Review of Peter Gratton's 2012 book, "The State of Sovereignty".
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  7. Sean Erwin (2015). Living by Algorithm: Smart Surveillance and the Society of Control. Humanities and Technology Review 34:28-69.
    Foucault’s disciplinary society and his notion of panopticism are often invoked in discussions regarding electronic surveillance. Against this use of Foucault, I argue that contemporary trends in surveillance technology abstract human bodies from their territorial settings, separating them into a series of discrete flows through what Deleuze will term, the surveillant assemblage. The surveillant assemblage and its product, the socially sorted body, aim less at molding, punishing and controlling the body and more at triggering events of in- and ex-clusion from (...)
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  8. Sean Erwin (2014). Microbiopolitics: Security Mechanisms, the Hela Cell, and The Human Strain. Humanities and Technology Review 33.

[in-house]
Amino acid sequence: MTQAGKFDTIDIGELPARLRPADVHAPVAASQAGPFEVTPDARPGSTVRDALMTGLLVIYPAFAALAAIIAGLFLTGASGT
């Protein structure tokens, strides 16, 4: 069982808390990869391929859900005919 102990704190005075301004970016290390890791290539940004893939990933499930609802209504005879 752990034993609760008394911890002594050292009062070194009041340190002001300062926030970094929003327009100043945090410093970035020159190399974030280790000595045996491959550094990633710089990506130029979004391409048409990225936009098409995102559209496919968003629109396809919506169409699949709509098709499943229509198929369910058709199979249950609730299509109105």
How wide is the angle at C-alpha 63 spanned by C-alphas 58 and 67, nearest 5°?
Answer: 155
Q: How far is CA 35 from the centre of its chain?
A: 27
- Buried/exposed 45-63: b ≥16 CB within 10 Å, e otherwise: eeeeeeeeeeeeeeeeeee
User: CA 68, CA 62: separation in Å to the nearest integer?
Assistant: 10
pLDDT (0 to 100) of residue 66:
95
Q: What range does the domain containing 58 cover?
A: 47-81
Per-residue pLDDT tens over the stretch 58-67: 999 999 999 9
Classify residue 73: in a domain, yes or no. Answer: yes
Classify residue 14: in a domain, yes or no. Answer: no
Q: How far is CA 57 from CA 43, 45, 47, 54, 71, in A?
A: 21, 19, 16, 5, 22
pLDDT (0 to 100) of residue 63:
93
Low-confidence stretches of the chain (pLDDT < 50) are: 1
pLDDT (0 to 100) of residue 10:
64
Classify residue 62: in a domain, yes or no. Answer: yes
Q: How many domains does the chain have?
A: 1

This paper examines the notion of the biopolitical body from the standpoint of Foucault’s logic of the security mechanism and the history he tells of vaccine technology. It then investigates how the increasing importance of the genetic code for determining the meaning and limits of the human in the field of 20th century cell biology has been a cause for ongoing transformation in the practices that currently extend vaccine research and development. I argue that these transformations mark the emergence of (...)